A gap to prevent shunting sensing flux from the flux conductive member 5 during read-back of recorded signals from the medium is shown as a gap 6 having an intervening electrical but non-magnetic conductor 7. This may be gold or aluminum or any other similarly electrically conductive element which connect, via the flux conductor member 5 which is formed of electrically conductive material as well, to carry the sensing current Is to ground as shown at the top of FIG. 1. During writing, current Is passes through the coil of the write winding 9 to generate flux in core 8. Core 8 is of permalloy or other similarly magnetic and electrically conductive material and is utilized during writing of data on a magnetic record medium. Suitable electrical signal impulses would be applied to winding 9 to generate an intense electromagnetic field in core 8 which is coupled through the gap 6 to the flux conducting member 5 for application to the record medium. As disclosed in my aforementioned U.S. Pat. No. 4,626,946, the coupled film magneto resistive sensor 3A, 3B will be saturated magnetically during writing and will not conduct flux further once a critical field has been reached. This fact permits writing to occur utilizing the same flux conductive pole piece 5 as is used for read-back when the write winding 9 is no longer energized.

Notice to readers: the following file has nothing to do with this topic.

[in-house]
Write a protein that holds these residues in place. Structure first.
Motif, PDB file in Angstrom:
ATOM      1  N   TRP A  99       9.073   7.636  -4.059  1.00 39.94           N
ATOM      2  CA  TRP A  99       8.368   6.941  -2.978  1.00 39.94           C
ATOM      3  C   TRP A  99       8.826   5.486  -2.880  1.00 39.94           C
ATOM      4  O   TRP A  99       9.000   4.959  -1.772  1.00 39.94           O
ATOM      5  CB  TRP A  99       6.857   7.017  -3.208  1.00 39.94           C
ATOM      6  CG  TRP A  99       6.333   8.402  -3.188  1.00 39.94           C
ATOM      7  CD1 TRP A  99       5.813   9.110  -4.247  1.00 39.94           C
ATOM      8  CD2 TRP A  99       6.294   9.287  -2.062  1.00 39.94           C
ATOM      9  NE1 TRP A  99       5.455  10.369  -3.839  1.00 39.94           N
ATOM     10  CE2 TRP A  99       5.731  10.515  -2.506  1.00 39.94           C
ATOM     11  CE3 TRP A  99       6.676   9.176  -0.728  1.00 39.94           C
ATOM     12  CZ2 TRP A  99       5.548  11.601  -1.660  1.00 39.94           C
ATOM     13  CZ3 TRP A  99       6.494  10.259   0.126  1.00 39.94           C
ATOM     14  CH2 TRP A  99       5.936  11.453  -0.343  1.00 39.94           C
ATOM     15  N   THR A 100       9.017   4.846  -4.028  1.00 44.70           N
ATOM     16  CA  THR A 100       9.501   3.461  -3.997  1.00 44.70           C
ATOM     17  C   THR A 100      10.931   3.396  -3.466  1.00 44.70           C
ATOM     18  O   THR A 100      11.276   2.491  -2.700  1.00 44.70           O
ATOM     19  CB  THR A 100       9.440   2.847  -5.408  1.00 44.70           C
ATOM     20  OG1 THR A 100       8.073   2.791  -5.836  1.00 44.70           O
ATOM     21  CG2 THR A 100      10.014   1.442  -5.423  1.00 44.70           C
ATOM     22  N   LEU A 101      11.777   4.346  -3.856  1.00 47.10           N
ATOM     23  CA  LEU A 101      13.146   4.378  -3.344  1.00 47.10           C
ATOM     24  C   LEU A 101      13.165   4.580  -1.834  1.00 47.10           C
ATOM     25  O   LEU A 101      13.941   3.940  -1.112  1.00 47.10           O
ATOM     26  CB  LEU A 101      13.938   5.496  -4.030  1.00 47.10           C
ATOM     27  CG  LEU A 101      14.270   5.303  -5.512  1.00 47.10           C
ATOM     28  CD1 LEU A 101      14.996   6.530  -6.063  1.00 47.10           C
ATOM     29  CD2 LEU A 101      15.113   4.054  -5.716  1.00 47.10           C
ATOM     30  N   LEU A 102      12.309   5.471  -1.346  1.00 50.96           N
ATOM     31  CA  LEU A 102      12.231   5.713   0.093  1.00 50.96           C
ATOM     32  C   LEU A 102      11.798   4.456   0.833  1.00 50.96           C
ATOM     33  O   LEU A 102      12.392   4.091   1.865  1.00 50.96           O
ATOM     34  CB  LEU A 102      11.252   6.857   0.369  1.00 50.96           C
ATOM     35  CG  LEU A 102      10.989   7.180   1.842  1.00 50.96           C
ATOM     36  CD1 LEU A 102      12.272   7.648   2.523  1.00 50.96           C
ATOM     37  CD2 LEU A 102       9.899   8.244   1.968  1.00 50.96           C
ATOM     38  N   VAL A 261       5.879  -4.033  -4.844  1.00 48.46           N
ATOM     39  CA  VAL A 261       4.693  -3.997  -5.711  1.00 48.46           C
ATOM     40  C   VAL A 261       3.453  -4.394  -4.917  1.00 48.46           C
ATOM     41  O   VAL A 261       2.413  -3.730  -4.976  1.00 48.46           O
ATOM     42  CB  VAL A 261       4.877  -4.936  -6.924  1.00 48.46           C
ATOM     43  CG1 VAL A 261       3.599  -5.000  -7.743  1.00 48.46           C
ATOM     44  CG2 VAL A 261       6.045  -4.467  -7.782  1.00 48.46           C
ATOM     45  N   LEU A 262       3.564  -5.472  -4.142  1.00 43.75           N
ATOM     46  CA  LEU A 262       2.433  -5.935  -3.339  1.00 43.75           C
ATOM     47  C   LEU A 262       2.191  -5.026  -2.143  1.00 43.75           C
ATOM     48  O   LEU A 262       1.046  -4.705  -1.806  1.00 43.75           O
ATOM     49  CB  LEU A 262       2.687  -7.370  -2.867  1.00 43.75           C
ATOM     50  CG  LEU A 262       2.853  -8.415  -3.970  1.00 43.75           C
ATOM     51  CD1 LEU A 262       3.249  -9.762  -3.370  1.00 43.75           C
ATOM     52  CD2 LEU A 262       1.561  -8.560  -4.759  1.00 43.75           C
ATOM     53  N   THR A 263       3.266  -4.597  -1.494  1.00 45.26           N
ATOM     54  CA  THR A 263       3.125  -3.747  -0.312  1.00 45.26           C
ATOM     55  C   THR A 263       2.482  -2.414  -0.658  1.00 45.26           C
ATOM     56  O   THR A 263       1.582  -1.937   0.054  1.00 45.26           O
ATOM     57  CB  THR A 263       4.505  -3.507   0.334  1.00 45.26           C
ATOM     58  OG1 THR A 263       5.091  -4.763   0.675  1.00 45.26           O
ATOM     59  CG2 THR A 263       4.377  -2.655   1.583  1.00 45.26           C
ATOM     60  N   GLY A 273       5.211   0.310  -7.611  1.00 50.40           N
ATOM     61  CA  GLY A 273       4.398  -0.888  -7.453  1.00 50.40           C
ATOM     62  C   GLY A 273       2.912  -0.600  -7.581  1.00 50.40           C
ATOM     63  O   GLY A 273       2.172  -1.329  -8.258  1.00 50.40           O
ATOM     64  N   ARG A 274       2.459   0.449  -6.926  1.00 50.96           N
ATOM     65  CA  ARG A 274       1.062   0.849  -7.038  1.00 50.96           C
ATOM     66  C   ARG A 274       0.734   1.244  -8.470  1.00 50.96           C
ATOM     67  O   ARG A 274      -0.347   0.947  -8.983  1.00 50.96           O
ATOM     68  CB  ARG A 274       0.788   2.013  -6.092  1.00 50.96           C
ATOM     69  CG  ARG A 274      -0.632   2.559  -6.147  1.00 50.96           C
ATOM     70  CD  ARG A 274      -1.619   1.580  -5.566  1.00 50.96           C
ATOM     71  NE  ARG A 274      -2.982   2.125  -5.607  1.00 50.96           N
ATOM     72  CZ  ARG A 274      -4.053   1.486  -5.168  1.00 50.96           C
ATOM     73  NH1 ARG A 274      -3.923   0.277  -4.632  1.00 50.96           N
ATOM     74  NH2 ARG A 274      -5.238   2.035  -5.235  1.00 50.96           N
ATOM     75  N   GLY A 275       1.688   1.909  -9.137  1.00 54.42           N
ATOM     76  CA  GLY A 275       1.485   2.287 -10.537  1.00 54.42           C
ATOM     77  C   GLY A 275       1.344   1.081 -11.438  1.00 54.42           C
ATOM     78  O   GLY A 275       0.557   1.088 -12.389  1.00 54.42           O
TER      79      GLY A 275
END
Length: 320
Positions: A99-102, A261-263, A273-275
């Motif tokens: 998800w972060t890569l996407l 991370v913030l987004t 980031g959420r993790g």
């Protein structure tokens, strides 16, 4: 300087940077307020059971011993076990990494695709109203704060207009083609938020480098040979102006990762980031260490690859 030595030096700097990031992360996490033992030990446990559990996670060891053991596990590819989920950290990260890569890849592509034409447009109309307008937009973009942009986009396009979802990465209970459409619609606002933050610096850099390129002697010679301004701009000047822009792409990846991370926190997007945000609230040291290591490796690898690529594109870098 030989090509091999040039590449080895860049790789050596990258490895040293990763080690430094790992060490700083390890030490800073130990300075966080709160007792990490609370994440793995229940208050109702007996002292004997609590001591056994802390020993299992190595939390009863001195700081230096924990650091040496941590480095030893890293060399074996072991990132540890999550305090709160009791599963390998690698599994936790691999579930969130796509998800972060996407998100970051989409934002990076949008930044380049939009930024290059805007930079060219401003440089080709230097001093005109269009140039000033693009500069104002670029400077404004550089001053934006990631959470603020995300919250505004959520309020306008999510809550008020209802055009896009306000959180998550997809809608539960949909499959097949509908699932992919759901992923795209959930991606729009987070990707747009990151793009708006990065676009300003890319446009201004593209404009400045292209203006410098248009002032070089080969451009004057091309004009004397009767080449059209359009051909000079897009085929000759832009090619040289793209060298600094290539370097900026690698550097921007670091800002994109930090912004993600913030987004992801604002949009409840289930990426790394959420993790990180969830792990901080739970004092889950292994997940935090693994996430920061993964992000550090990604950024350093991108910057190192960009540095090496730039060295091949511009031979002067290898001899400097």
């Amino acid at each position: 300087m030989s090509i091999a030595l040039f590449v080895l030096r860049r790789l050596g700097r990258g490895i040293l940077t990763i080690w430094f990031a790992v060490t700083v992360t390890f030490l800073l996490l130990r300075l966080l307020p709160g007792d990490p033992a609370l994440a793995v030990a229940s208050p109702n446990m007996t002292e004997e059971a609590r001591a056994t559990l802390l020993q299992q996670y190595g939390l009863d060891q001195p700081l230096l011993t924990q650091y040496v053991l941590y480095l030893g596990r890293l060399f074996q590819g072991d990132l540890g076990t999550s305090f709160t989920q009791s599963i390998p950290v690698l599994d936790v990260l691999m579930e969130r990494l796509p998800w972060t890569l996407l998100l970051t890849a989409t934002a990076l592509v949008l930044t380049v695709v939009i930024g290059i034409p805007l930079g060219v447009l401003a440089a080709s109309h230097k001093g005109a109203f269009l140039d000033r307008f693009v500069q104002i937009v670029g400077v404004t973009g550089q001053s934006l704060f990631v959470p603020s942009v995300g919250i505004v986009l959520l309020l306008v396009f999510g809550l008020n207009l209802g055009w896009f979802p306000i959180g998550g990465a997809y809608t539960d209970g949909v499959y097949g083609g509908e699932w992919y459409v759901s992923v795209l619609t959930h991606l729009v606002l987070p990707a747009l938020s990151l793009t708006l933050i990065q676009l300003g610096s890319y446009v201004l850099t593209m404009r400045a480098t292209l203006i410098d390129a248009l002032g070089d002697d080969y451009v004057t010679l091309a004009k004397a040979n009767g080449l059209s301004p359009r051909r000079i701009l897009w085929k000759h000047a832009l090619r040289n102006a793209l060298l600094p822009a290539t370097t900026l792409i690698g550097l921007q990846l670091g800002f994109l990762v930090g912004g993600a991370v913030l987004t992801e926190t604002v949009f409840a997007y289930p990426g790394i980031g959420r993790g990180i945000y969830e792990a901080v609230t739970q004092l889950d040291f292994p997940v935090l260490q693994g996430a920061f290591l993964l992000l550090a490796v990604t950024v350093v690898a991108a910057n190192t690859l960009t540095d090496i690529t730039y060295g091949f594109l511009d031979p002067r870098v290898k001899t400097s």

Turning to FIG. 2, the cross-sectional view along lines BB in FIG. 1 is illustrated. It may be seen that the ferrite block 1 has initially been etched or milled away to form a trench or recess 2 which is later filled with glass or other suitable non-magnetic, nonelectrically conductive material 14. Thereon are deposited a first layer for the magnetic flux coupling and electrically conductive probe 5 such as layer 5A of permalloy, for example. A sandwich-type structure is contemplated to eliminate domain walls and of Barkhausen noise, so a layer of non-magnetic and electrically conductive metal with high resistivity such as titanium is deposited as layer 5B followed by yet another layer of permalloy, layer 5C. The gap 6 which may be seen in FIG. 1 is then etched away and filled with non-magnetic electrically conductive material 7. This completes electrical connection to the core 8 of the writing electromagnet which has previously had the lower layer for its winding 9 deposited in the glass surface, i.e., glass filling 14 would be conducted up to a first level and then the copper or aluminum winding bars would be laid down followed by further deposition of glass or insulator up to a level even with the top of the trenched out area 2 in the ferrite block 1.